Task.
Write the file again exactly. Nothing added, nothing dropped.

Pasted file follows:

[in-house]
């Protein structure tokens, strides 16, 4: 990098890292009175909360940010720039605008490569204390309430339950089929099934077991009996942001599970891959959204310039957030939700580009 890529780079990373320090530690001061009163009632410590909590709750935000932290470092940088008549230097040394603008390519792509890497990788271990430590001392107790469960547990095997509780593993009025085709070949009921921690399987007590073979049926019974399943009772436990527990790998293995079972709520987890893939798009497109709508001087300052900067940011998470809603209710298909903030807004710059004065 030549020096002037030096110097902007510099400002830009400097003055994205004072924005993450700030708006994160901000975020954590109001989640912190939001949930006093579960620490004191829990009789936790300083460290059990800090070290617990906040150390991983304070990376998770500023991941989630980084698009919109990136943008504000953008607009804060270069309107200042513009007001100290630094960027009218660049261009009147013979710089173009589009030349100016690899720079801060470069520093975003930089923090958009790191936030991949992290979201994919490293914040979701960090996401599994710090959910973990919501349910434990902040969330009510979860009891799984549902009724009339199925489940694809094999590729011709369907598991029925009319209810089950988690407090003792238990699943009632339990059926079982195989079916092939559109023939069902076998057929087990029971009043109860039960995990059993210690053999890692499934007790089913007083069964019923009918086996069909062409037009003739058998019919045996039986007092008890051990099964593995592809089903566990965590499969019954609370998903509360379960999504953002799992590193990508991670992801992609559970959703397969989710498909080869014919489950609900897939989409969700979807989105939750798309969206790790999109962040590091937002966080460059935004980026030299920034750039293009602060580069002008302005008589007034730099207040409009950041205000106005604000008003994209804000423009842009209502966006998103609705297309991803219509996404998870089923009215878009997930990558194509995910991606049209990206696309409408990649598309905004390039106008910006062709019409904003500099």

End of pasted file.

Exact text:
[in-house]
């Protein structure tokens, strides 16, 4: 990098890292009175909360940010720039605008490569204390309430339950089929099934077991009996942001599970891959959204310039957030939700580009 890529780079990373320090530690001061009163009632410590909590709750935000932290470092940088008549230097040394603008390519792509890497990788271990430590001392107790469960547990095997509780593993009025085709070949009921921690399987007590073979049926019974399943009772436990527990790998293995079972709520987890893939798009497109709508001087300052900067940011998470809603209710298909903030807004710059004065 030549020096002037030096110097902007510099400002830009400097003055994205004072924005993450700030708006994160901000975020954590109001989640912190939001949930006093579960620490004191829990009789936790300083460290059990800090070290617990906040150390991983304070990376998770500023991941989630980084698009919109990136943008504000953008607009804060270069309107200042513009007001100290630094960027009218660049261009009147013979710089173009589009030349100016690899720079801060470069520093975003930089923090958009790191936030991949992290979201994919490293914040979701960090996401599994710090959910973990919501349910434990902040969330009510979860009891799984549902009724009339199925489940694809094999590729011709369907598991029925009319209810089950988690407090003792238990699943009632339990059926079982195989079916092939559109023939069902076998057929087990029971009043109860039960995990059993210690053999890692499934007790089913007083069964019923009918086996069909062409037009003739058998019919045996039986007092008890051990099964593995592809089903566990965590499969019954609370998903509360379960999504953002799992590193990508991670992801992609559970959703397969989710498909080869014919489950609900897939989409969700979807989105939750798309969206790790999109962040590091937002966080460059935004980026030299920034750039293009602060580069002008302005008589007034730099207040409009950041205000106005604000008003994209804000423009842009209502966006998103609705297309991803219509996404998870089923009215878009997930990558194509995910991606049209990206696309409408990649598309905004390039106008910006062709019409904003500099």